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Otosclerosis: How the Tiniest Bones in our Bodies can be Affected

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Broken down, the word otosclerosis is a derivative of two Greek words, “sclero,” meaning hard and “oto,” meaning ear. This term describes a condition based on the abnormal growth of the tiny bones found in the middle ear. When these tiny bones are adversely affected, it leads to a fixation of the stapes bone. In order for the ear to function properly and allow one to hear well, the stapes bone has to move freely.

For proper hearing, the sound vibrations that are brought from the outer ear into the ear canal cause the movement of the ear drum that then moves to the three smaller bones of the inner ear. These bones are called the hammer, the anvil and the stirrup, medically known as the malleus, the incus, and the stapes. When the stapes bone moves, the inner ear fluids are then put into motion, which begin the process of stimulating the hearing nerve. This nerve will then transfer the sound energy to the brain, allowing a person to hear what is known as sound. If any part of this process is compromised, then hearing can be impaired.

So, who can get otosclerosis, and why does it happen? Estimates show that roughly ten percent of the adult Caucasian population suffers from otosclerosis. It is less commonly seen those of Japanese ethnicity and in South Americans. It is also quite rare in the African-American segment of the population. The most commonly affected people are middle-aged, Caucasian women.

The defining symptom of this condition begins with a gradual hearing loss, which can start anywhere between the ages of 15 and 45, but it usually begins in one’s 20s. It can occur in both men and women and is a bigger issue for pregnant women who, for reasons not readily known, frequently suffer from a decrease in hearing ability. About 60 percent of otosclerosis cases are genetic in nature.

Other tell-tale symptoms include dizziness, problems with sustaining balance, and a ringing, roaring, buzzing, or hissing sensation in the ears or head, commonly referred to as tinnitus. Perhaps the individual might not be able to hear lower-pitched sounds or whispers.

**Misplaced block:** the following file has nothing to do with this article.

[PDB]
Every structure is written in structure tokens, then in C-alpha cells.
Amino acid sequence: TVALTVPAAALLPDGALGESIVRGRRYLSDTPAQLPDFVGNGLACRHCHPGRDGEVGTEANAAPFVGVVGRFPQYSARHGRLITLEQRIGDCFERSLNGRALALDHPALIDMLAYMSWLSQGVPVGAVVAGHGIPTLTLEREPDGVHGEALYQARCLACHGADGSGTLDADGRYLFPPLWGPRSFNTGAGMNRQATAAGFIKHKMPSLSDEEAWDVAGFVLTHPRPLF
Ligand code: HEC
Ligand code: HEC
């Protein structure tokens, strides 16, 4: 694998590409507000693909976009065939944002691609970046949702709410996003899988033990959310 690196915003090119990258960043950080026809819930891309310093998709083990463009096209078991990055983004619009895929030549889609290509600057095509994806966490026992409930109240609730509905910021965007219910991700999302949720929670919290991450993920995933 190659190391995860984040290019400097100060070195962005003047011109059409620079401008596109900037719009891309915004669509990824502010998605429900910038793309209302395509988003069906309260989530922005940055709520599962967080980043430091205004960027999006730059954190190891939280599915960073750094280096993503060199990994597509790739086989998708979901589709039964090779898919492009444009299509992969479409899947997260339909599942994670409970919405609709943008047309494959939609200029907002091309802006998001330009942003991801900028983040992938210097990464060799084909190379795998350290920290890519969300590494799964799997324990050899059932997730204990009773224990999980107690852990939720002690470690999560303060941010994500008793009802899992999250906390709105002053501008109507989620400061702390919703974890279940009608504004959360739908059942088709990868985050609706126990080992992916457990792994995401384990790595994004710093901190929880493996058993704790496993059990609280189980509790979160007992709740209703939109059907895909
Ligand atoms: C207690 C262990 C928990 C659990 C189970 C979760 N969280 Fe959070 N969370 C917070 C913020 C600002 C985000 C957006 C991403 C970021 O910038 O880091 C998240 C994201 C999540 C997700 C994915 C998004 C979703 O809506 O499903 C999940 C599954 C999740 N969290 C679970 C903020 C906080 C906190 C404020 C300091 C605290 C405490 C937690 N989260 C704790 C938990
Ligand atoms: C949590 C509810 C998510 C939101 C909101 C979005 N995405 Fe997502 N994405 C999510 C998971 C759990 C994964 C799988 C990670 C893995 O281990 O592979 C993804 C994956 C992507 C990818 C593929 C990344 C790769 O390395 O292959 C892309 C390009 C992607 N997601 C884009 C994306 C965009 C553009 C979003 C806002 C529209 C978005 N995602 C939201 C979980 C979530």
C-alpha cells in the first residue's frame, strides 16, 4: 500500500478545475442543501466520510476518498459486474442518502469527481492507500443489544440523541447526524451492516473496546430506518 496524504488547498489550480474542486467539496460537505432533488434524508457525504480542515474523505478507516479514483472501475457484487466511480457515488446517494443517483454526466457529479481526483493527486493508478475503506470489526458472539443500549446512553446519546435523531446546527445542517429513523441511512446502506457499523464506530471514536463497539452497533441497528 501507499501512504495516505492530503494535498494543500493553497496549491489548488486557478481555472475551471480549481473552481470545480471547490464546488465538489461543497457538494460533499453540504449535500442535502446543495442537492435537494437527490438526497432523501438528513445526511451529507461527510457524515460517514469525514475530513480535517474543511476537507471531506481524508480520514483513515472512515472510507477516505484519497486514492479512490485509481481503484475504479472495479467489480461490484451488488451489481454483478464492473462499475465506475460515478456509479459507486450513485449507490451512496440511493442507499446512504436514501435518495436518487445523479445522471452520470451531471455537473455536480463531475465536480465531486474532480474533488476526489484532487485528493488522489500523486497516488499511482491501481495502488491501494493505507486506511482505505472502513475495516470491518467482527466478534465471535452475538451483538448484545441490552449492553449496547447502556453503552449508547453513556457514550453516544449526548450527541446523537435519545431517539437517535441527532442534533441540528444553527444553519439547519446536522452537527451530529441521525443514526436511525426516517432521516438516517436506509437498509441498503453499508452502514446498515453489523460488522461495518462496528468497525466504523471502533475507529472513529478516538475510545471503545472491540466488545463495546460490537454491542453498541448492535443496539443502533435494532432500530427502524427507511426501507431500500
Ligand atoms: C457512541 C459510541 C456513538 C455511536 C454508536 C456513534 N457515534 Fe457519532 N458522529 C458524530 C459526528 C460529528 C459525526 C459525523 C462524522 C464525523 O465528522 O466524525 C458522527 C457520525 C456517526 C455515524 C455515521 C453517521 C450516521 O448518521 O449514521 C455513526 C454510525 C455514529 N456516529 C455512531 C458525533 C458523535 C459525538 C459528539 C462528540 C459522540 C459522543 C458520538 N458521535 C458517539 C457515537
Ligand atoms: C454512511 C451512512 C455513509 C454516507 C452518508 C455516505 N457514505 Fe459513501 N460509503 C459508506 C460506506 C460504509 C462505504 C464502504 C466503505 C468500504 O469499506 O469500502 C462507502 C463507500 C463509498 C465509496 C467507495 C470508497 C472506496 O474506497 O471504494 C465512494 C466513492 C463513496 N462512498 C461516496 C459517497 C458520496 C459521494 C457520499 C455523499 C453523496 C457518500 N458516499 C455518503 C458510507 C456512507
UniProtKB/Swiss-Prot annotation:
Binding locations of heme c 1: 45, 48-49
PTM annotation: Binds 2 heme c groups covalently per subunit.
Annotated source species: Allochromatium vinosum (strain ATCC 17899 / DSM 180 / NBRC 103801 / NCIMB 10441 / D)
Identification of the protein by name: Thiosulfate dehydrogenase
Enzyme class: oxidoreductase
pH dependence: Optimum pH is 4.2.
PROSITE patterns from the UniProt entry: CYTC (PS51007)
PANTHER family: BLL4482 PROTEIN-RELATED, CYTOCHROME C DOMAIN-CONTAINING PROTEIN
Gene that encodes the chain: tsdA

To diagnose this condition, an examination by an otolaryngologist (ear, nose, and throat physician) is recommended. The doctor can rule out other potential causes of the symptoms. After an ear exam, a hearing test may be administered. The doctor will then provide treatment options based upon the results of the hearing test.

For mild hearing loss, the doctor may just suggest continued observation and even a hearing aid. In some cases, sodium fluoride may be prescribed, as it has been shown to slow down the progression of the condition. In many cases, a procedure known as a stapendectomy can be the most effective way of improving or even restoring one’s hearing.

A stapendectomy is done on an out-patient basis using an operating microscope inserted through the ear canal. No incisions are made on the outside. The stapes bone is removed and replaced with a prosthetic device. This device will in turn allow for the middle ear bones to resume their normal movement, stimulating the fluid in the inner ear to provide for improved or restored hearing.

Such procedures have been performed since 1956, recognizing a 90 percent success rate. In the rarest of instances, it might worsen the patient’s hearing. In eight out of ten patients, otosclerosis affects both ears. In such cases, the surgery will be performed on one ear at a time.

After returning home from a stapendectomy, the patient will probably be instructed to lie on the un-operated side of the body. Oral antibiotics may be prescribed. Dizziness may be a side effect for a couple of days post-surgery. Even one’s taste sensations may be altered for several weeks or even months after the procedure, eventually returning to normal. Patients may be told to refrain from nose blowing or swimming for a week or two.

After a stapendectomy, the doctor should be notified if the patient notices any sudden loss in hearing, intense pain, increased dizziness, or any new symptom related to the treated ear.

Packing is placed in the ear during surgery, so any improvement in hearing may not be recognized until it is removed about a week later. The ear drum heals quickly and can usually reach its peak level of improvement in just two weeks.

(Information for this article was found at http://www.entnet.org/HealthInformation/otosclerosis.cfm)

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We value and respect our HERWriters' experiences, but everyone is different. Many of our writers are speaking from personal experience, and what's worked for them may not work for you. Their articles are not a substitute for medical advice, although we hope you can gain knowledge from their insight.


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